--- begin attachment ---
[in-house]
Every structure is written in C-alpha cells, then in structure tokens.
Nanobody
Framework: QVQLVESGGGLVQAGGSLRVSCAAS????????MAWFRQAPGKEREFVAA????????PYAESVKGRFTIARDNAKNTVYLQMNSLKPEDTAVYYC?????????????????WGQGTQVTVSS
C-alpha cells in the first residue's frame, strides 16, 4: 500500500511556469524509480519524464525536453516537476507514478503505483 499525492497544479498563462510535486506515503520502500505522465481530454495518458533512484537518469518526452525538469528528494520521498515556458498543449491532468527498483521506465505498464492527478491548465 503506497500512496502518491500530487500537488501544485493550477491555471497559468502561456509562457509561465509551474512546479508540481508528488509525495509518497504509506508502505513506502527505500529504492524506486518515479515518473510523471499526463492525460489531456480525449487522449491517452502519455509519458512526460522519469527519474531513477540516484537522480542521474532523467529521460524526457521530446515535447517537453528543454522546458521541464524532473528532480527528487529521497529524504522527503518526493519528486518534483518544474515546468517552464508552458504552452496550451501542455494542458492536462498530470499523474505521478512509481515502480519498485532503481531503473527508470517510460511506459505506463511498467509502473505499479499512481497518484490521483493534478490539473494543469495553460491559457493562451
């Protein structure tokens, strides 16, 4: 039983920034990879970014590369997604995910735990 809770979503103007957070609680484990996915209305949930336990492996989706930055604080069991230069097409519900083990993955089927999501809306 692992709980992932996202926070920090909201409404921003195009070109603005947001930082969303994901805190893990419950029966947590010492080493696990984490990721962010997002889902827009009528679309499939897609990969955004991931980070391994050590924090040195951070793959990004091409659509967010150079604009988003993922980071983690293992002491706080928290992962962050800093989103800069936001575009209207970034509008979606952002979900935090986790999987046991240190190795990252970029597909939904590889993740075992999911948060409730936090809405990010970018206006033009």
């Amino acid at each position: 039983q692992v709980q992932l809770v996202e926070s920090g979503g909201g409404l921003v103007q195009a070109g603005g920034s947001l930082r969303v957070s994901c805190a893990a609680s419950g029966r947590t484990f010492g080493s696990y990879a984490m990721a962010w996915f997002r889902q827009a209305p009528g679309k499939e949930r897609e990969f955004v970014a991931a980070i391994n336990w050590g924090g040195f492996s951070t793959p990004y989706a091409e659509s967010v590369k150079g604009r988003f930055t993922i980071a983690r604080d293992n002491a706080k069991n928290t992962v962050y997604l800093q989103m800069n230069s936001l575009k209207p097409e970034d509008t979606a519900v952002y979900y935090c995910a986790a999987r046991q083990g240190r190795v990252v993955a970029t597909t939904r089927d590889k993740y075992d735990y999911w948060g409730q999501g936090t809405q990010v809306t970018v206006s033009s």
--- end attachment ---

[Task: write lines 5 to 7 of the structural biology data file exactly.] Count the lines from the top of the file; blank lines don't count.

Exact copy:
C-alpha cells in the first residue's frame, strides 16, 4: 500500500511556469524509480519524464525536453516537476507514478503505483 499525492497544479498563462510535486506515503520502500505522465481530454495518458533512484537518469518526452525538469528528494520521498515556458498543449491532468527498483521506465505498464492527478491548465 503506497500512496502518491500530487500537488501544485493550477491555471497559468502561456509562457509561465509551474512546479508540481508528488509525495509518497504509506508502505513506502527505500529504492524506486518515479515518473510523471499526463492525460489531456480525449487522449491517452502519455509519458512526460522519469527519474531513477540516484537522480542521474532523467529521460524526457521530446515535447517537453528543454522546458521541464524532473528532480527528487529521497529524504522527503518526493519528486518534483518544474515546468517552464508552458504552452496550451501542455494542458492536462498530470499523474505521478512509481515502480519498485532503481531503473527508470517510460511506459505506463511498467509502473505499479499512481497518484490521483493534478490539473494543469495553460491559457493562451
């Protein structure tokens, strides 16, 4: 039983920034990879970014590369997604995910735990 809770979503103007957070609680484990996915209305949930336990492996989706930055604080069991230069097409519900083990993955089927999501809306 692992709980992932996202926070920090909201409404921003195009070109603005947001930082969303994901805190893990419950029966947590010492080493696990984490990721962010997002889902827009009528679309499939897609990969955004991931980070391994050590924090040195951070793959990004091409659509967010150079604009988003993922980071983690293992002491706080928290992962962050800093989103800069936001575009209207970034509008979606952002979900935090986790999987046991240190190795990252970029597909939904590889993740075992999911948060409730936090809405990010970018206006033009």
């Amino acid at each position: 039983q692992v709980q992932l809770v996202e926070s920090g979503g909201g409404l921003v103007q195009a070109g603005g920034s947001l930082r969303v957070s994901c805190a893990a609680s419950g029966r947590t484990f010492g080493s696990y990879a984490m990721a962010w996915f997002r889902q827009a209305p009528g679309k499939e949930r897609e990969f955004v970014a991931a980070i391994n336990w050590g924090g040195f492996s951070t793959p990004y989706a091409e659509s967010v590369k150079g604009r988003f930055t993922i980071a983690r604080d293992n002491a706080k069991n928290t992962v962050y997604l800093q989103m800069n230069s936001l575009k209207p097409e970034d509008t979606a519900v952002y979900y935090c995910a986790a999987r046991q083990g240190r190795v990252v993955a970029t597909t939904r089927d590889k993740y075992d735990y999911w948060g409730q999501g936090t809405q990010v809306t970018v206006s033009s």